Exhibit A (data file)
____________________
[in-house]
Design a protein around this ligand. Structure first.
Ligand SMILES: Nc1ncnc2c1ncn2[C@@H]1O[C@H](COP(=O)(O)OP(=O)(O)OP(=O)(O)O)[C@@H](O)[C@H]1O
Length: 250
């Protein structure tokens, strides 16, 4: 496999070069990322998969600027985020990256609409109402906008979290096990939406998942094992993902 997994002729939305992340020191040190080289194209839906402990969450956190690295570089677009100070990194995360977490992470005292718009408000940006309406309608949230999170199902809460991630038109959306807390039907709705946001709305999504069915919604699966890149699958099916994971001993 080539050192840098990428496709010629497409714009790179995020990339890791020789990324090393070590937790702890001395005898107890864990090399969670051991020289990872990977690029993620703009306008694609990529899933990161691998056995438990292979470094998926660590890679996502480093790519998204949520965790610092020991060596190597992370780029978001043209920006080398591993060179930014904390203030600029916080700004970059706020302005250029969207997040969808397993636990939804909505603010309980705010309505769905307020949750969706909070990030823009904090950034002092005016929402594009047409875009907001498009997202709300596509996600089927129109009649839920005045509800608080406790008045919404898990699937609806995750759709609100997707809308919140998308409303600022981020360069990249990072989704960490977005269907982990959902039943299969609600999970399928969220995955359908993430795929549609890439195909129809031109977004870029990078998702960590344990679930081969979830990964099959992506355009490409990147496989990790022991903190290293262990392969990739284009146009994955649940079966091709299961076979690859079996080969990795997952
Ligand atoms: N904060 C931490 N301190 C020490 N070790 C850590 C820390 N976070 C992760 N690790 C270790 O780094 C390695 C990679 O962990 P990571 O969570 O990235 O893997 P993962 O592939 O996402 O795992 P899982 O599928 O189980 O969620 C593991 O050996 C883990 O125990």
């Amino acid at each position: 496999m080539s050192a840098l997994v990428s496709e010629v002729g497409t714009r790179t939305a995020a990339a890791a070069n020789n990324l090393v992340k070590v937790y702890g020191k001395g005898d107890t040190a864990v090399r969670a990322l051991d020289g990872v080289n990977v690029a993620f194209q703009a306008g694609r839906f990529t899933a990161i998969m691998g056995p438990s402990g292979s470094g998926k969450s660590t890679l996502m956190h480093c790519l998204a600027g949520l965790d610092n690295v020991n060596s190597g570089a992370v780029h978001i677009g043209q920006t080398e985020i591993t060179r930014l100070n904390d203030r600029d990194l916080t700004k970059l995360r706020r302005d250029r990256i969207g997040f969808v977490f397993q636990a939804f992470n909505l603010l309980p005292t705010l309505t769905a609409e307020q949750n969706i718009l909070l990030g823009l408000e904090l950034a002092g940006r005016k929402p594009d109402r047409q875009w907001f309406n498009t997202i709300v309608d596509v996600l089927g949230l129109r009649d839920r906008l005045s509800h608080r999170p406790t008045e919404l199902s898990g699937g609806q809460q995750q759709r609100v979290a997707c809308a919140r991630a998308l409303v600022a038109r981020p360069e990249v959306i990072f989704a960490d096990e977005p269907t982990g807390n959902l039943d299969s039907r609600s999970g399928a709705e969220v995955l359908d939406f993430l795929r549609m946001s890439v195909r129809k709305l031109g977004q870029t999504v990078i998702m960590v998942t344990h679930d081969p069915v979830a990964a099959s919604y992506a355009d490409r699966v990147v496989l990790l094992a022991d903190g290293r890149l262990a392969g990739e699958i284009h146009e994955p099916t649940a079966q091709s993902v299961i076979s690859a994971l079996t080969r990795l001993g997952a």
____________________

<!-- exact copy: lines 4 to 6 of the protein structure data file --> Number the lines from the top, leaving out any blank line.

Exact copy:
Length: 250
């Protein structure tokens, strides 16, 4: 496999070069990322998969600027985020990256609409109402906008979290096990939406998942094992993902 997994002729939305992340020191040190080289194209839906402990969450956190690295570089677009100070990194995360977490992470005292718009408000940006309406309608949230999170199902809460991630038109959306807390039907709705946001709305999504069915919604699966890149699958099916994971001993 080539050192840098990428496709010629497409714009790179995020990339890791020789990324090393070590937790702890001395005898107890864990090399969670051991020289990872990977690029993620703009306008694609990529899933990161691998056995438990292979470094998926660590890679996502480093790519998204949520965790610092020991060596190597992370780029978001043209920006080398591993060179930014904390203030600029916080700004970059706020302005250029969207997040969808397993636990939804909505603010309980705010309505769905307020949750969706909070990030823009904090950034002092005016929402594009047409875009907001498009997202709300596509996600089927129109009649839920005045509800608080406790008045919404898990699937609806995750759709609100997707809308919140998308409303600022981020360069990249990072989704960490977005269907982990959902039943299969609600999970399928969220995955359908993430795929549609890439195909129809031109977004870029990078998702960590344990679930081969979830990964099959992506355009490409990147496989990790022991903190290293262990392969990739284009146009994955649940079966091709299961076979690859079996080969990795997952
Ligand atoms: N904060 C931490 N301190 C020490 N070790 C850590 C820390 N976070 C992760 N690790 C270790 O780094 C390695 C990679 O962990 P990571 O969570 O990235 O893997 P993962 O592939 O996402 O795992 P899982 O599928 O189980 O969620 C593991 O050996 C883990 O125990």